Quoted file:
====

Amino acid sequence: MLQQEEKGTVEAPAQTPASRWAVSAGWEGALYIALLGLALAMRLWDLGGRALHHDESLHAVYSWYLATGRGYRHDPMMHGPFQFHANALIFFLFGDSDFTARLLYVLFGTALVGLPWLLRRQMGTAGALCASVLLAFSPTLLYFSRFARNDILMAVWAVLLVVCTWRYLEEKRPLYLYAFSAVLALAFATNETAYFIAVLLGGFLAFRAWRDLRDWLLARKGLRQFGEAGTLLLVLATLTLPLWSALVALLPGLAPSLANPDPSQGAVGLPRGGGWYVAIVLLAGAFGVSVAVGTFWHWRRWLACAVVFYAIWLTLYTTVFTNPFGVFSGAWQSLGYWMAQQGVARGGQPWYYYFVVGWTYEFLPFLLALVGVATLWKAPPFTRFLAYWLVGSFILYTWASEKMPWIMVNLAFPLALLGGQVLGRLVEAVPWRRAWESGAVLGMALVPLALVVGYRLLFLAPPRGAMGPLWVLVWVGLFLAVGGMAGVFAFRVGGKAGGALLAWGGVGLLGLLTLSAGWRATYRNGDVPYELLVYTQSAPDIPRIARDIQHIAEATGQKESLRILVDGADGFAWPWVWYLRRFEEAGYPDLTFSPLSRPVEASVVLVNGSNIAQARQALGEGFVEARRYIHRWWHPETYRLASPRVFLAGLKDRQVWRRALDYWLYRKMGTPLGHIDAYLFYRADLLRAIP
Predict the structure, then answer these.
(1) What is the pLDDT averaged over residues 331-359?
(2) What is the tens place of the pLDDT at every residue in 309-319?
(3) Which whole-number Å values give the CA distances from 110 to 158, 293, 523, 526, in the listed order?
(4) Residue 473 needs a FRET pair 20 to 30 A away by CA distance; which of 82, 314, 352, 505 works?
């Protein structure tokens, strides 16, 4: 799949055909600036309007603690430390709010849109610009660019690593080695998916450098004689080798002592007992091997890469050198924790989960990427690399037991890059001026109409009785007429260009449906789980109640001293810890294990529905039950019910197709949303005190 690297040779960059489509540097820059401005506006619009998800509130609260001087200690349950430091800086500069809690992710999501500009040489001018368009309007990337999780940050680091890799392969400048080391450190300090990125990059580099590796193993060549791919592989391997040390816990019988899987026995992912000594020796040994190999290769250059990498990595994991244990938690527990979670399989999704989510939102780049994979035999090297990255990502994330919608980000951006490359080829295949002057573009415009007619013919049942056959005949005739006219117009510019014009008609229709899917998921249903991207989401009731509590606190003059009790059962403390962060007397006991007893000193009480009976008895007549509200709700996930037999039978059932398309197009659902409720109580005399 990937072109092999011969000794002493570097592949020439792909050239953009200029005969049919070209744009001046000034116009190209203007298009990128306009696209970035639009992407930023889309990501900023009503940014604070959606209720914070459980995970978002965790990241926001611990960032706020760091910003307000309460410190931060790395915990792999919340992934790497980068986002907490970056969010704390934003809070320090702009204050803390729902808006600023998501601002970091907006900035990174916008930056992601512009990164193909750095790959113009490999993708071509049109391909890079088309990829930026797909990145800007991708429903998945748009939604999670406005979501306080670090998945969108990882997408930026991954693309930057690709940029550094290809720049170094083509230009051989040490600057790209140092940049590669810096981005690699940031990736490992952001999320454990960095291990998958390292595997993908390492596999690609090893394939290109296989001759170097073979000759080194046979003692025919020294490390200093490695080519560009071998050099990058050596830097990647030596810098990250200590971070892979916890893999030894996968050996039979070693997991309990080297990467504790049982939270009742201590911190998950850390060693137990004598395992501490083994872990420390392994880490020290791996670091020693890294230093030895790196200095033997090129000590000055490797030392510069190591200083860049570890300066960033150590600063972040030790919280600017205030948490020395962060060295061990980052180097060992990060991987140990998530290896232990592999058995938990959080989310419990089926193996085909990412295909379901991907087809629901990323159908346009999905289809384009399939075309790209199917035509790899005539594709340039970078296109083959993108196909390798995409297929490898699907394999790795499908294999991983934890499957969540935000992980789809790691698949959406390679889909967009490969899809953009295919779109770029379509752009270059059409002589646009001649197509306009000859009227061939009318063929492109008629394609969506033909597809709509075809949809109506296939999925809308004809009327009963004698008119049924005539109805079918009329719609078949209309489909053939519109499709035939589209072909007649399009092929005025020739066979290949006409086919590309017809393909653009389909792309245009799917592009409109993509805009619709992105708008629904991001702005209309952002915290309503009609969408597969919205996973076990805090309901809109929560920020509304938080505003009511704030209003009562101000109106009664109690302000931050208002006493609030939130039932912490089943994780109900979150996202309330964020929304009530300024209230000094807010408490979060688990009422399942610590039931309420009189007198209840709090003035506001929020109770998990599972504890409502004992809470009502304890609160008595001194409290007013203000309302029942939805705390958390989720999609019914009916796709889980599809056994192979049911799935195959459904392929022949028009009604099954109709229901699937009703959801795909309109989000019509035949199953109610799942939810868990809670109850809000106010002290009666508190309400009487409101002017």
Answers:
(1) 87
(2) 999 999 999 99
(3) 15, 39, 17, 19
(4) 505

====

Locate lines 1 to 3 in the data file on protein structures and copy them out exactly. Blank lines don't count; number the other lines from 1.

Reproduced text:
Amino acid sequence: MLQQEEKGTVEAPAQTPASRWAVSAGWEGALYIALLGLALAMRLWDLGGRALHHDESLHAVYSWYLATGRGYRHDPMMHGPFQFHANALIFFLFGDSDFTARLLYVLFGTALVGLPWLLRRQMGTAGALCASVLLAFSPTLLYFSRFARNDILMAVWAVLLVVCTWRYLEEKRPLYLYAFSAVLALAFATNETAYFIAVLLGGFLAFRAWRDLRDWLLARKGLRQFGEAGTLLLVLATLTLPLWSALVALLPGLAPSLANPDPSQGAVGLPRGGGWYVAIVLLAGAFGVSVAVGTFWHWRRWLACAVVFYAIWLTLYTTVFTNPFGVFSGAWQSLGYWMAQQGVARGGQPWYYYFVVGWTYEFLPFLLALVGVATLWKAPPFTRFLAYWLVGSFILYTWASEKMPWIMVNLAFPLALLGGQVLGRLVEAVPWRRAWESGAVLGMALVPLALVVGYRLLFLAPPRGAMGPLWVLVWVGLFLAVGGMAGVFAFRVGGKAGGALLAWGGVGLLGLLTLSAGWRATYRNGDVPYELLVYTQSAPDIPRIARDIQHIAEATGQKESLRILVDGADGFAWPWVWYLRRFEEAGYPDLTFSPLSRPVEASVVLVNGSNIAQARQALGEGFVEARRYIHRWWHPETYRLASPRVFLAGLKDRQVWRRALDYWLYRKMGTPLGHIDAYLFYRADLLRAIP
Predict the structure, then answer these.
(1) What is the pLDDT averaged over residues 331-359?